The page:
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Yale scientists discover new method for engineering human tissue regeneration

If pending clinical trials prove successful, a new discovery published in The FASEB Journal ( could represent a major scientific leap toward human tissue regeneration and engineering. In a research report appearing online, Yale scientists provide evidence to support a major paradigm shift in this specialty area from the idea that cells added to a graft before implantation are the building blocks of tissue, to a new belief that engineered tissue constructs can actually induce or augment the body's own reparative mechanisms, including complex tissue regeneration.

"With the constant growing clinical demand for alternative vessels used for vascular reconstructive surgeries, a significant development for alternative grafts is currently the primary focus of many investigators worldwide," said Christopher K. Breuer, M.D., a researcher involved in the work from Yale University School of Medicine/Yale-New Haven Hospital in New Haven, CT. "We believe that through an understanding of human vascular biology, coupled with technologies such as tissue engineering, we can introduce biological grafts that mimic the functional properties of native vessels and that are capable of growing with the patients." Breuer also says that patients are currently being enrolled in a first-of-its-kind clinical trial at Yale University to evaluate the safety and growth potential of tissue-engineered vascular grafts in children undergoing surgery for congenital heart disease.

To make this discovery, Breuer and colleagues conducted a three-part study, starting with two groups of mice. The first group expressed a gene that made all of its cells fluorescent green and the second group was normal. Researchers extracted bone marrow cells from the "green" mice, added them to previously designed scaffolds, and implanted the grafts into the normal mice. The seeded bone marrow cells improved the performance of the graft; however, a rapid loss of green cells was noted and the cells that developed in the new vessel wall were not green, suggesting that the seeded cells promoted vessel development, but did not turn into vessel wall cells themselves. These findings led to the second part of the study, which tested whether cells produced in the host's bone marrow might be a source for new cells. Scientists replaced the bone marrow cells of a female mouse with those of a male mouse before implanting the graft into female mice. The researchers found that the cells forming the new vessel were female, meaning they did not come from the male bone marrow cells. In the final experiment, researchers implanted a segment of male vessel attached to the scaffold into a female host. After analysis, the researchers found that the side of the graft next to the male segment developed with male vessel wall cells while the side of the graft attached to the female host's vessel formed from female cells, proving that the cells in the new vessel must have migrated from the adjacent normal vessel.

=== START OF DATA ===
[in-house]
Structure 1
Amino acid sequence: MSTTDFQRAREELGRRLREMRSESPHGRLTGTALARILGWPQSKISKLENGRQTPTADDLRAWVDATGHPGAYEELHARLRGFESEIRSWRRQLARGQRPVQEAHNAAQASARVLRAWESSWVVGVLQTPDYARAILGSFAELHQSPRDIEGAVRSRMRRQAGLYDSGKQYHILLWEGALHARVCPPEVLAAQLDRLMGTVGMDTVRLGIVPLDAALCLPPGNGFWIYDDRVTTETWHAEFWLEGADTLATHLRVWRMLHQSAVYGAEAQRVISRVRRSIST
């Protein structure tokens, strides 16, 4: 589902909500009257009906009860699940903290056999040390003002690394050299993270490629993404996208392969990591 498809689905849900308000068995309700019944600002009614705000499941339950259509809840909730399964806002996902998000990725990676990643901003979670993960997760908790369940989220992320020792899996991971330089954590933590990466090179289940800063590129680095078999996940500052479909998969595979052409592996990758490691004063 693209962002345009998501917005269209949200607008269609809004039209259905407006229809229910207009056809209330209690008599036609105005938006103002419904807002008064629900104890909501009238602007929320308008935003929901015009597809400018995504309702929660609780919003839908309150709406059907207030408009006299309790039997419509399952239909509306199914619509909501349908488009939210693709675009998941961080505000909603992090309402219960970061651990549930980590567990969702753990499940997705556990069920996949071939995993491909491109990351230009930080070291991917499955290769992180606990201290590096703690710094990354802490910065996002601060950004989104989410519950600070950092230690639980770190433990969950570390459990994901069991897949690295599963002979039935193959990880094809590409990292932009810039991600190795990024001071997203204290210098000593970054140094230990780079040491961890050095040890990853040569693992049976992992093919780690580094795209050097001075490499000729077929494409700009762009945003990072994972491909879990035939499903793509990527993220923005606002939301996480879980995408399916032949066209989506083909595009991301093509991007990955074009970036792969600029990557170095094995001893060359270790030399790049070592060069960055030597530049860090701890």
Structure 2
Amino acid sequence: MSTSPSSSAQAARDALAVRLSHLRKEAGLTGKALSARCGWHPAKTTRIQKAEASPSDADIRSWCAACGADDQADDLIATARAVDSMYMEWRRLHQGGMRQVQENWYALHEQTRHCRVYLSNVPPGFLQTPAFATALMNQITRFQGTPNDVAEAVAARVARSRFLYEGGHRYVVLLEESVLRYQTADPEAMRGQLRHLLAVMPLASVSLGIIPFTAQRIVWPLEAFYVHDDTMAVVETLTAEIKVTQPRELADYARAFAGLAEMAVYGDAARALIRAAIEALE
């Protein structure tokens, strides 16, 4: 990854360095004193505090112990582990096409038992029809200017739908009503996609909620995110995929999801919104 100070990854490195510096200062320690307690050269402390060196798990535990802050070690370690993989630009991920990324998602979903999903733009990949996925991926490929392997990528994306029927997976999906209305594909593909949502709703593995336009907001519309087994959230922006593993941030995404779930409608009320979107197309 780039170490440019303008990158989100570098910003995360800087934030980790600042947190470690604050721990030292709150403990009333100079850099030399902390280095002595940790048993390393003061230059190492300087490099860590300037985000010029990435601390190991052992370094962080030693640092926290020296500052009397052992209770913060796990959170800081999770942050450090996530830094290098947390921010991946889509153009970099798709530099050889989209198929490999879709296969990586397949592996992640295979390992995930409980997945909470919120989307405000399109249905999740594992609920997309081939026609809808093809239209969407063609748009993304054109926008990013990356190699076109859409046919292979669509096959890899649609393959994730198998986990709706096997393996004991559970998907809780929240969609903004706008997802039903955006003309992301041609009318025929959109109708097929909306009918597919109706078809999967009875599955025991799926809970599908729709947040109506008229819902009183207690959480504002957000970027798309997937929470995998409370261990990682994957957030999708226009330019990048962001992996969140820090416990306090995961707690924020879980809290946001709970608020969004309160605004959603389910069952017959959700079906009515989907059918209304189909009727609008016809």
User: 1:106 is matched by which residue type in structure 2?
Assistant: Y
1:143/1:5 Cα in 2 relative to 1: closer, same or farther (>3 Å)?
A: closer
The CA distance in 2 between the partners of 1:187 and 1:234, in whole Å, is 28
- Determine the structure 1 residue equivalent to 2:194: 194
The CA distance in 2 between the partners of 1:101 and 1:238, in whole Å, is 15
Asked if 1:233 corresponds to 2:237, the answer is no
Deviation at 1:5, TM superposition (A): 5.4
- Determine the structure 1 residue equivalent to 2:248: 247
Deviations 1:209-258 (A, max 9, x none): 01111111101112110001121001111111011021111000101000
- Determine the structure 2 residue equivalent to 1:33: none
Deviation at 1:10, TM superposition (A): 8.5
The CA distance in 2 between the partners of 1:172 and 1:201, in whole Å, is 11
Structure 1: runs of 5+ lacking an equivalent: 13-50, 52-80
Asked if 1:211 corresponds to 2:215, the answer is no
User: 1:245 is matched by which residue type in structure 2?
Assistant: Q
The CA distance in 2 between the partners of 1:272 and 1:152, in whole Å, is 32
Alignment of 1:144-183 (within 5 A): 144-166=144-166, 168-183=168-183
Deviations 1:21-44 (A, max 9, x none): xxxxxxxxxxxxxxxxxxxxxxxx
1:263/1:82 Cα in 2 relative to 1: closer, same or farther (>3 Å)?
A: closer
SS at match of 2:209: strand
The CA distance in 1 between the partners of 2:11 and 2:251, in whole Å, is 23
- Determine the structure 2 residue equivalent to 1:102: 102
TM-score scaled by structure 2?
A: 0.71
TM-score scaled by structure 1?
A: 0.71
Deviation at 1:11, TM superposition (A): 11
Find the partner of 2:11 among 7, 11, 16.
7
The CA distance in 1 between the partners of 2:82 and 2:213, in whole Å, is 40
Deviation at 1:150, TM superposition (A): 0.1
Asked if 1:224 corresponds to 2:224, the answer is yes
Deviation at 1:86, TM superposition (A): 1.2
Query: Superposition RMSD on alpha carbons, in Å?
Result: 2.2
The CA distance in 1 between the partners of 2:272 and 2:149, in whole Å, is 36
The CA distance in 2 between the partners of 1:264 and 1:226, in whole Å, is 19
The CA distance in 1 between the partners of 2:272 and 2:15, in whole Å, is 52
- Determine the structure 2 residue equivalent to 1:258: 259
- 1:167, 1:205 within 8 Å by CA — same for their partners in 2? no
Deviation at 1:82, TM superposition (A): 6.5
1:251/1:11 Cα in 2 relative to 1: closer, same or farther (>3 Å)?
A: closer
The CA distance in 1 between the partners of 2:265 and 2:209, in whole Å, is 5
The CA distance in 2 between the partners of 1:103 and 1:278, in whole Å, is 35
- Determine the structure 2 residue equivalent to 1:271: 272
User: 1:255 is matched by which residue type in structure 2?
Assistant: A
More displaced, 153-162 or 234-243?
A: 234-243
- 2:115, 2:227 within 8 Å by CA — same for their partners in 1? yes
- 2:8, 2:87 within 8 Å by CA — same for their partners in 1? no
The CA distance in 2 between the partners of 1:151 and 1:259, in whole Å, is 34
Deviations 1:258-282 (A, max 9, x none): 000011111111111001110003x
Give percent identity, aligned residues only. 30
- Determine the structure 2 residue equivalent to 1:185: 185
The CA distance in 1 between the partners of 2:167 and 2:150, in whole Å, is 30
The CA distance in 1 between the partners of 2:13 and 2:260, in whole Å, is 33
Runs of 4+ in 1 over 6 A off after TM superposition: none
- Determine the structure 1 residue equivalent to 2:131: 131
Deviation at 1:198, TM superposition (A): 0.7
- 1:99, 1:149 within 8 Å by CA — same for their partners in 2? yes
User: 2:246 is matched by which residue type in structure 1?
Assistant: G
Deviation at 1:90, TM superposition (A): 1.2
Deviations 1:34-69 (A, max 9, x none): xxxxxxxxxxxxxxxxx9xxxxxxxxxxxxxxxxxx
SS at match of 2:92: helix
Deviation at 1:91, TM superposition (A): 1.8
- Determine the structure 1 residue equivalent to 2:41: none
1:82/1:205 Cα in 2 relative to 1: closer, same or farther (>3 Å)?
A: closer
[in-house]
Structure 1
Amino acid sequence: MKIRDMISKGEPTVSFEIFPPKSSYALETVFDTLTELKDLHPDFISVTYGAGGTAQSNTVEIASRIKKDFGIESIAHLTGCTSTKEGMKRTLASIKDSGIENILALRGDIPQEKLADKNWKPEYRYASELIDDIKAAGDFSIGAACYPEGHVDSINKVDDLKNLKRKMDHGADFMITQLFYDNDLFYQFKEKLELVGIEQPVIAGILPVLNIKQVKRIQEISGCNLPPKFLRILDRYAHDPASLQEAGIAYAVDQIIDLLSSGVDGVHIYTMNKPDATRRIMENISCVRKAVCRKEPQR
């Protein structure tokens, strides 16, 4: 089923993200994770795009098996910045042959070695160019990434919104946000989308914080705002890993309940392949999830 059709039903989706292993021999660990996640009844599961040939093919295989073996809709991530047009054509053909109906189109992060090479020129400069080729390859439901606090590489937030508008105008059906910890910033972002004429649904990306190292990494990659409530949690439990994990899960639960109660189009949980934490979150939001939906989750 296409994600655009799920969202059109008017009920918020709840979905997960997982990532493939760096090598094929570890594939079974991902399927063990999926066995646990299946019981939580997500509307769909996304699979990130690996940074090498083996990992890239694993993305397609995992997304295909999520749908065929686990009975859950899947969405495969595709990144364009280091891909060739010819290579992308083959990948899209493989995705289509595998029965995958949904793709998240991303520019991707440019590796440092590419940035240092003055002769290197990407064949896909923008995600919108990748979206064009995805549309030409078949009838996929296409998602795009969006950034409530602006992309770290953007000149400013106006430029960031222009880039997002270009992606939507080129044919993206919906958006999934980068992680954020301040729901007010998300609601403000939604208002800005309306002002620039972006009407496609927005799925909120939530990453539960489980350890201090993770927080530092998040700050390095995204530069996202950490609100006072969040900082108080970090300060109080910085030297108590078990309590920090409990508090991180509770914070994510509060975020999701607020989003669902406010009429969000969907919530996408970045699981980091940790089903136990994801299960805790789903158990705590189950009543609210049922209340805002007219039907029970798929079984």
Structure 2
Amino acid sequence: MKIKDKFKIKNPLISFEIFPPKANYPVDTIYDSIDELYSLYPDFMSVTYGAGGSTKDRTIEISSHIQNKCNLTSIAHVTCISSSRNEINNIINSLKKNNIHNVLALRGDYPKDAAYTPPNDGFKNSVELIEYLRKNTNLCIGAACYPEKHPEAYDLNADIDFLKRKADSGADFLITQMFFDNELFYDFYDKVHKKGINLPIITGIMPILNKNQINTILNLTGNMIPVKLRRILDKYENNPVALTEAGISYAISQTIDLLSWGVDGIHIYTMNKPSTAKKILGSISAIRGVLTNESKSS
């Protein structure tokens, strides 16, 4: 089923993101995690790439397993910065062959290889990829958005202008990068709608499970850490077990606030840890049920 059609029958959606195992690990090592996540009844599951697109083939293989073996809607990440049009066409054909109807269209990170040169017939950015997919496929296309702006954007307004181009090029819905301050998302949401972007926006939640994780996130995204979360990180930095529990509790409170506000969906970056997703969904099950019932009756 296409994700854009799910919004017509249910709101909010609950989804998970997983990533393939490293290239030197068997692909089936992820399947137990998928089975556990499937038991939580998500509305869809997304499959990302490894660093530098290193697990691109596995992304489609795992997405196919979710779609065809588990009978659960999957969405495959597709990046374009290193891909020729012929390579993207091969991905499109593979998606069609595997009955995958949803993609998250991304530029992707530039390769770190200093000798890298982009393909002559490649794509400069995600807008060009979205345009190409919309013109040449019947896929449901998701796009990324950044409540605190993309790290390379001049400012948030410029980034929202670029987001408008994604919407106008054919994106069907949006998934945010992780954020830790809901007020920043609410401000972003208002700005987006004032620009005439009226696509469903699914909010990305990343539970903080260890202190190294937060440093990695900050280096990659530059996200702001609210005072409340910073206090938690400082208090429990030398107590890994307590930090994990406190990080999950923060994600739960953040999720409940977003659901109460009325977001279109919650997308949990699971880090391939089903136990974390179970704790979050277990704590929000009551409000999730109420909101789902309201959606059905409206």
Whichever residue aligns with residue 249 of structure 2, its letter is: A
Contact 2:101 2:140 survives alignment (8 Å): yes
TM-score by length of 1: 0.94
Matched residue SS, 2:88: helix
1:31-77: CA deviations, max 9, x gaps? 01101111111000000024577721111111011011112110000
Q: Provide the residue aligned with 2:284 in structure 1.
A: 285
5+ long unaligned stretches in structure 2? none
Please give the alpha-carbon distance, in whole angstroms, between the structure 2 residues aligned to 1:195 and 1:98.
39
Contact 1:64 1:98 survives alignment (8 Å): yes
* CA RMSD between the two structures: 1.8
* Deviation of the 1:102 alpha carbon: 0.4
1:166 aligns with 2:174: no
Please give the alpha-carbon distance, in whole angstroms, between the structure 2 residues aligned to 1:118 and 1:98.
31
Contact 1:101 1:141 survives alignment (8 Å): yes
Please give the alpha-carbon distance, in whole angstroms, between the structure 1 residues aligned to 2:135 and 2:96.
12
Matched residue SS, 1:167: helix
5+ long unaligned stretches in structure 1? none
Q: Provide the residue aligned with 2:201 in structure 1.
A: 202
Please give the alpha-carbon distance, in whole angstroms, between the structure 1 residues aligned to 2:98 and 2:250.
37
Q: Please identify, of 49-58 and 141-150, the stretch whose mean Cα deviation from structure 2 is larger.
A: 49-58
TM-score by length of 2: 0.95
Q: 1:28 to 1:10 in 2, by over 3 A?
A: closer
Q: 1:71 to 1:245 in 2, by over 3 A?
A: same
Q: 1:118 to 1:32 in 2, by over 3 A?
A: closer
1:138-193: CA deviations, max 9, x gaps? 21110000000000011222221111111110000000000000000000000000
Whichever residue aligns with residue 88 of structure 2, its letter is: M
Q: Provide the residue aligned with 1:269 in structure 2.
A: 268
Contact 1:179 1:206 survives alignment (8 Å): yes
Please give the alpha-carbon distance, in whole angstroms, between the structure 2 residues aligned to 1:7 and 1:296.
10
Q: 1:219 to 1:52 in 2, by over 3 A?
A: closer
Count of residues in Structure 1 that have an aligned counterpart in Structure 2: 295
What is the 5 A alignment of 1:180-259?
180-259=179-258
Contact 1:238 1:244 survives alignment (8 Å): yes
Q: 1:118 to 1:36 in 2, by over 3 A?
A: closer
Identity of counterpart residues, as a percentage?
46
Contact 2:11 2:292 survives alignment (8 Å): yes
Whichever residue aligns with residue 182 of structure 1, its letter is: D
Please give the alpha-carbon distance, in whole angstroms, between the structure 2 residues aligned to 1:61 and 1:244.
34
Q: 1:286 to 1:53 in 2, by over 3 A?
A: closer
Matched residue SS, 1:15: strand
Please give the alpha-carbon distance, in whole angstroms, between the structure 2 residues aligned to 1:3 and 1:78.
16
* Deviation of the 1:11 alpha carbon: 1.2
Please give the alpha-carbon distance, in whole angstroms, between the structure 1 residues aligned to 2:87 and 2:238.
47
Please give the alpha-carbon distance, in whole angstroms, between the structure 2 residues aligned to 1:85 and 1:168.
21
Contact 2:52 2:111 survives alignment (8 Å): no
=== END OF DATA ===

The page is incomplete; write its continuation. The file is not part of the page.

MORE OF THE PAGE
"There's a very good chance that this study will eventually have a major impact on many disorders that afflict humankind," said Gerald Weissmann, M.D., Editor-in-Chief of The FASEB Journal. "These scientists have basically used the body's repair mechanisms to make new tissues through bioengineering. In years to come, starfish and salamanders will have nothing on us!"


Federation of American Societies for Experimental Biology

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